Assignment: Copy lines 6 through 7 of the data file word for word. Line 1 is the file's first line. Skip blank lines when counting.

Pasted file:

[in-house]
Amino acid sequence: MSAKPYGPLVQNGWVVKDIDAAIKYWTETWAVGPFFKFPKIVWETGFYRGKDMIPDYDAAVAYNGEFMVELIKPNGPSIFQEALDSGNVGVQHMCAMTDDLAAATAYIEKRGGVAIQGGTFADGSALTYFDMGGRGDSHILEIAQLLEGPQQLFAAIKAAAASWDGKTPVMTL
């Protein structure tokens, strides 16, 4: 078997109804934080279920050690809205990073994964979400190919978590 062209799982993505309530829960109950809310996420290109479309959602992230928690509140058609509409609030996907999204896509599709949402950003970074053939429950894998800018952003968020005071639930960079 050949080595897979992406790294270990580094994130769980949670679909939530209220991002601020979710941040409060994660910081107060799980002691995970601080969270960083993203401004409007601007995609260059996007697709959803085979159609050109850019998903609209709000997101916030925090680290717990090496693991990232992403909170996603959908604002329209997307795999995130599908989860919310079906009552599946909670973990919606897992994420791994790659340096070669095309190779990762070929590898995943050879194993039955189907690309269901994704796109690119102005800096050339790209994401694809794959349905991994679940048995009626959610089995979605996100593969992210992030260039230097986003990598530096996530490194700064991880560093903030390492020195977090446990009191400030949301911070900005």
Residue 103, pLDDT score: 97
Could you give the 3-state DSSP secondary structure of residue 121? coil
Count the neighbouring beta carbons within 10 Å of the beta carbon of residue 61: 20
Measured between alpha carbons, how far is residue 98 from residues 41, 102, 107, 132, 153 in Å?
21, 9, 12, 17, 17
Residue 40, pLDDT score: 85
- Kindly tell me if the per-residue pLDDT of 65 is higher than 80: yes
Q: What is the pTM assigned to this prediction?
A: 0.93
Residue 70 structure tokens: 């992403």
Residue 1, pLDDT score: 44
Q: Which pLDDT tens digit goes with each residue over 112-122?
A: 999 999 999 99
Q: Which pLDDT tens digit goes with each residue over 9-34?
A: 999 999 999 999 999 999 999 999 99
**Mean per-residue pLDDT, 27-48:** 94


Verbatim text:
Count the neighbouring beta carbons within 10 Å of the beta carbon of residue 61: 20
Measured between alpha carbons, how far is residue 98 from residues 41, 102, 107, 132, 153 in Å?